Before the Labor Day weekend, Sen. Dan Patrick said something that was considered to be newsworthy even though he and others have been saying it for years.
A Republican state senator calling for a tax increase is clearly in the man-bites-dog media category. When that senator is tea party champion Dan Patrick, R-Houston, it’s in the man-bites-big dog realm, although Patrick himself insisted he wasn’t really making news.
In remarks to the Cy-Fair Houston Chamber of Commerce on Thursday, Patrick called for raising the state’s 6.25 percent sales tax by 2 cents and dedicating the amount raised to public education.
“Every penny that we bring in in sales tax generates approximately $2.5 billion per year, so a two-cent increase on a two-year budget would bring us nearly $10 billion,” he said.
Patrick proposes to tie a sales-tax increase to a property-tax reduction of somewhere between 5 and 10 cents.
“I’ve been saying this for months,” the senator said yesterday, “so this is nothing new.”
It’s older than that. The idea of swapping a property tax cut for a sales tax increase goes back to at least 2005, when then-Speaker Tom Craddick tried to get one through the Lege as a preemptive “solution” to the forthcoming West Orange-Cove ruling from the Supreme Court. In addition to not actually solving the state’s revenue shortfall, since Patrick would offset all that revenue with property tax cuts and appraisal caps, this proposal would represent a huge shift of the tax burden from the wealthiest to everyone else. The Legislative Budget Board analysis that led to the headlines in that last link were based on a one-cent increase in the sales tax; Patrick is proposing a two-cent increase. It’s true that if you’re a homeowner, you would pay less in property taxes. It’s just that unless you own a really really expensive home (or homes) you won’t get enough savings to offset the extra sales taxes you’ll be paying. And if you’re a renter, well, Dan Patrick doesn’t care about you.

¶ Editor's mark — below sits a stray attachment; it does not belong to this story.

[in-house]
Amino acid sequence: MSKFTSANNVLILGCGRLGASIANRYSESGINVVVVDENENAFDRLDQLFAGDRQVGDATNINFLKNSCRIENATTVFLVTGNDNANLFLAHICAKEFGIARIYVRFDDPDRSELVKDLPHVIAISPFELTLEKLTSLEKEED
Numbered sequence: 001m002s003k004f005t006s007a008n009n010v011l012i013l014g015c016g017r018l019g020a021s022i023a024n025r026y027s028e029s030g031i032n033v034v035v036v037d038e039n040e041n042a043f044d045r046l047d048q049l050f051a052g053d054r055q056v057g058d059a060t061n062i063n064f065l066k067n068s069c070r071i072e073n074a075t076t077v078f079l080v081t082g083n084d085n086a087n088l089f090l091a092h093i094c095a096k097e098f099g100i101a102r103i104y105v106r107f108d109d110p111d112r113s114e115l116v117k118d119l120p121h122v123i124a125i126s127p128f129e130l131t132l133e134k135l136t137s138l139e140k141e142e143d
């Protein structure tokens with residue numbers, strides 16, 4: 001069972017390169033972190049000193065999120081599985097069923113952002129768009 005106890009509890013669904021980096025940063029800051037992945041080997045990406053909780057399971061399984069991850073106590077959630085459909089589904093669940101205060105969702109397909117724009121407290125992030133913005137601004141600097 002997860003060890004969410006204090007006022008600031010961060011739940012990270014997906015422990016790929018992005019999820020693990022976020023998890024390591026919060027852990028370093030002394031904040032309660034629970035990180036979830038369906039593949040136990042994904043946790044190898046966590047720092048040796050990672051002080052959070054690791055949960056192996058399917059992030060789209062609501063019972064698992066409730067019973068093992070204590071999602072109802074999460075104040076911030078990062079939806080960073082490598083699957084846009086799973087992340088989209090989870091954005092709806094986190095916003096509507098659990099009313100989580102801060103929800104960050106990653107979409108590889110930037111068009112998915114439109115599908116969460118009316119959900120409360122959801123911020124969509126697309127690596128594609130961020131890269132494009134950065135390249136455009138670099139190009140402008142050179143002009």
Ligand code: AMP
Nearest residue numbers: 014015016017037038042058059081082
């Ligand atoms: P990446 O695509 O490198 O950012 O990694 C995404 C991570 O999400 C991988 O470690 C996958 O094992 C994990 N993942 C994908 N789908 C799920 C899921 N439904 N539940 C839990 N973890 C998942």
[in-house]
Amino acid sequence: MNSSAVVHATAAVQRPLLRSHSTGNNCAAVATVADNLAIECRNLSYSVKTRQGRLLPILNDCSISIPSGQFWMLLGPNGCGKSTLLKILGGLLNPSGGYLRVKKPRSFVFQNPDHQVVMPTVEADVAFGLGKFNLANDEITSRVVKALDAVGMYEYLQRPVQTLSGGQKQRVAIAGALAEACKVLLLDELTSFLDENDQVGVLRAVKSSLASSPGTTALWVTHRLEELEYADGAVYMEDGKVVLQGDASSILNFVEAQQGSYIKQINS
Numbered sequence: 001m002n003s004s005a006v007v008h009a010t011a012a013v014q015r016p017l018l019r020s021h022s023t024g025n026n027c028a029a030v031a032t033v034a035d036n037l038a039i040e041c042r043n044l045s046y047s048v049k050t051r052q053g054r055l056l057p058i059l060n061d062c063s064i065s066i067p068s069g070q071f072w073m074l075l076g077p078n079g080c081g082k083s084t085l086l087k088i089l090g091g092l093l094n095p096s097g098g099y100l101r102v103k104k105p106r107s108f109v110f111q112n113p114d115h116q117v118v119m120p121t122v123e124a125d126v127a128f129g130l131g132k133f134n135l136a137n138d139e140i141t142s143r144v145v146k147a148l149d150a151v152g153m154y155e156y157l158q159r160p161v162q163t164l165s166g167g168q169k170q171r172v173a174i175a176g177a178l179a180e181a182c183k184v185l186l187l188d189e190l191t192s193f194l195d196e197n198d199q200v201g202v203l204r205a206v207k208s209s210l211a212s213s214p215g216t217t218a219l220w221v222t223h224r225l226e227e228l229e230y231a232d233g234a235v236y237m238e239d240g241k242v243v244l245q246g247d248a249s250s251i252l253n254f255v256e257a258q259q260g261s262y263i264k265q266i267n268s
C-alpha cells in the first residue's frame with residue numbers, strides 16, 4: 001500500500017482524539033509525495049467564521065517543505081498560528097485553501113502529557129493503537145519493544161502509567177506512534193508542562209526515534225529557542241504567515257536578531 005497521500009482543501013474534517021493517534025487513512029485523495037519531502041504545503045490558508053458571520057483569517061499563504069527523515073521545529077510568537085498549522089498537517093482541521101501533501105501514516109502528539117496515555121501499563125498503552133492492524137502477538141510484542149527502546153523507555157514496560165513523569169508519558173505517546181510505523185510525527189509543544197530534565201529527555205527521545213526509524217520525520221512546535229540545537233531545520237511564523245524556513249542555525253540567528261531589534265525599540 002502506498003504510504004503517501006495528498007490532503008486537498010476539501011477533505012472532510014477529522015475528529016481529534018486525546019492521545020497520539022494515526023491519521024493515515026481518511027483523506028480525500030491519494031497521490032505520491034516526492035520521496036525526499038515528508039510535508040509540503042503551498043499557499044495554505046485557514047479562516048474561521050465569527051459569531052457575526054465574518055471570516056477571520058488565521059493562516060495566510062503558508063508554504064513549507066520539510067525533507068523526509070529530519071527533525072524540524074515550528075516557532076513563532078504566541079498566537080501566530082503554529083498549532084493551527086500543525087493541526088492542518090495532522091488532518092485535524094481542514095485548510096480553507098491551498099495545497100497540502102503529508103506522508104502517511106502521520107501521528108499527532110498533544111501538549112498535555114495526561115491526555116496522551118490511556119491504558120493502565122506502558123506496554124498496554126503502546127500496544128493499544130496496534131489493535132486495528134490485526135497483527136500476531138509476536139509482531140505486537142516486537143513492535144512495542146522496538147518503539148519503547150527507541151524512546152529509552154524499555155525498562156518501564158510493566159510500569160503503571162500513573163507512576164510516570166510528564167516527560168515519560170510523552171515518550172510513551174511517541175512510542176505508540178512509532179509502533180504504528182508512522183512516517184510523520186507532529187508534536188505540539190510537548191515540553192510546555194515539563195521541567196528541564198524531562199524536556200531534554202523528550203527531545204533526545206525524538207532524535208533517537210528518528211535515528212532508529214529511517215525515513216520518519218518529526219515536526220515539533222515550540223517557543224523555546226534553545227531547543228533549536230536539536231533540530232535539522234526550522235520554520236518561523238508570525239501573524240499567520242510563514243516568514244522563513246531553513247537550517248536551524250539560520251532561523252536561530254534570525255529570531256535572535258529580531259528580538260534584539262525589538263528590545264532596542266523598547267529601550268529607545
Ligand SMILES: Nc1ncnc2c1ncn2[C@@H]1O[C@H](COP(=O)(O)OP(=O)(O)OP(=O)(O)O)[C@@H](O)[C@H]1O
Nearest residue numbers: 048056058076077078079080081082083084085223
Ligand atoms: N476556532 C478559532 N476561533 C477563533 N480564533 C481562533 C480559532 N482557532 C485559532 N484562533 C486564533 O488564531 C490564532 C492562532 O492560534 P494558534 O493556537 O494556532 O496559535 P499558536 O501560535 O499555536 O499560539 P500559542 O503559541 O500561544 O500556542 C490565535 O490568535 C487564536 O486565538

So there is something newsworthy about what Patrick said to the Cy-Fair Houston Chamber of Commerce, even if it is old news. It’s just that the newsworthiness isn’t in what he said, but in being clear about what it means. EoW has more.